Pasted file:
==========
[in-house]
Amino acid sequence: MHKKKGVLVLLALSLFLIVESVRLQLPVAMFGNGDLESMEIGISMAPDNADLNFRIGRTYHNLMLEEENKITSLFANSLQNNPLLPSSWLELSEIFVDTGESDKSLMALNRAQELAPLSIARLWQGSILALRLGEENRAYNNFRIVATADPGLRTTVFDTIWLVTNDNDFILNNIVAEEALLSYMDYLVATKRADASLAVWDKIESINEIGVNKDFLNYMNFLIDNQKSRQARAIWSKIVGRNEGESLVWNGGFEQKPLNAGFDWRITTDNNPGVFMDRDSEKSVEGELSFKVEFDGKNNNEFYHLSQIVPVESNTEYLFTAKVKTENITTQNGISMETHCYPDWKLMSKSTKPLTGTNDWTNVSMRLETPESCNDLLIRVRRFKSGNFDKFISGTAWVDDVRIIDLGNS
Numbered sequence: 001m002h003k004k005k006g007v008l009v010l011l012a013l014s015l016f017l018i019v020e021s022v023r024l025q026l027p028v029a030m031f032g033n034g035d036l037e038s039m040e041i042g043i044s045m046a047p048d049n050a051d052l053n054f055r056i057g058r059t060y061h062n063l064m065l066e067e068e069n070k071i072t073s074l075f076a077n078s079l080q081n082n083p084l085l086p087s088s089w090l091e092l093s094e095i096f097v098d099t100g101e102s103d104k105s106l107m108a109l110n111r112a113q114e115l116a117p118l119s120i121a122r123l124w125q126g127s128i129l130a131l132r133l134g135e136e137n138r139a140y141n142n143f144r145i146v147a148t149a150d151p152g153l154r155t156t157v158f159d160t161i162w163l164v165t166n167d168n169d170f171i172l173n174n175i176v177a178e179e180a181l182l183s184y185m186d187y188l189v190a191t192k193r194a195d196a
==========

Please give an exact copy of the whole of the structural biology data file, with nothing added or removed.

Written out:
[in-house]
Amino acid sequence: MHKKKGVLVLLALSLFLIVESVRLQLPVAMFGNGDLESMEIGISMAPDNADLNFRIGRTYHNLMLEEENKITSLFANSLQNNPLLPSSWLELSEIFVDTGESDKSLMALNRAQELAPLSIARLWQGSILALRLGEENRAYNNFRIVATADPGLRTTVFDTIWLVTNDNDFILNNIVAEEALLSYMDYLVATKRADASLAVWDKIESINEIGVNKDFLNYMNFLIDNQKSRQARAIWSKIVGRNEGESLVWNGGFEQKPLNAGFDWRITTDNNPGVFMDRDSEKSVEGELSFKVEFDGKNNNEFYHLSQIVPVESNTEYLFTAKVKTENITTQNGISMETHCYPDWKLMSKSTKPLTGTNDWTNVSMRLETPESCNDLLIRVRRFKSGNFDKFISGTAWVDDVRIIDLGNS
Numbered sequence: 001m002h003k004k005k006g007v008l009v010l011l012a013l014s015l016f017l018i019v020e021s022v023r024l025q026l027p028v029a030m031f032g033n034g035d036l037e038s039m040e041i042g043i044s045m046a047p048d049n050a051d052l053n054f055r056i057g058r059t060y061h062n063l064m065l066e067e068e069n070k071i072t073s074l075f076a077n078s079l080q081n082n083p084l085l086p087s088s089w090l091e092l093s094e095i096f097v098d099t100g101e102s103d104k105s106l107m108a109l110n111r112a113q114e115l116a117p118l119s120i121a122r123l124w125q126g127s128i129l130a131l132r133l134g135e136e137n138r139a140y141n142n143f144r145i146v147a148t149a150d151p152g153l154r155t156t157v158f159d160t161i162w163l164v165t166n167d168n169d170f171i172l173n174n175i176v177a178e179e180a181l182l183s184y185m186d187y188l189v190a191t192k193r194a195d196a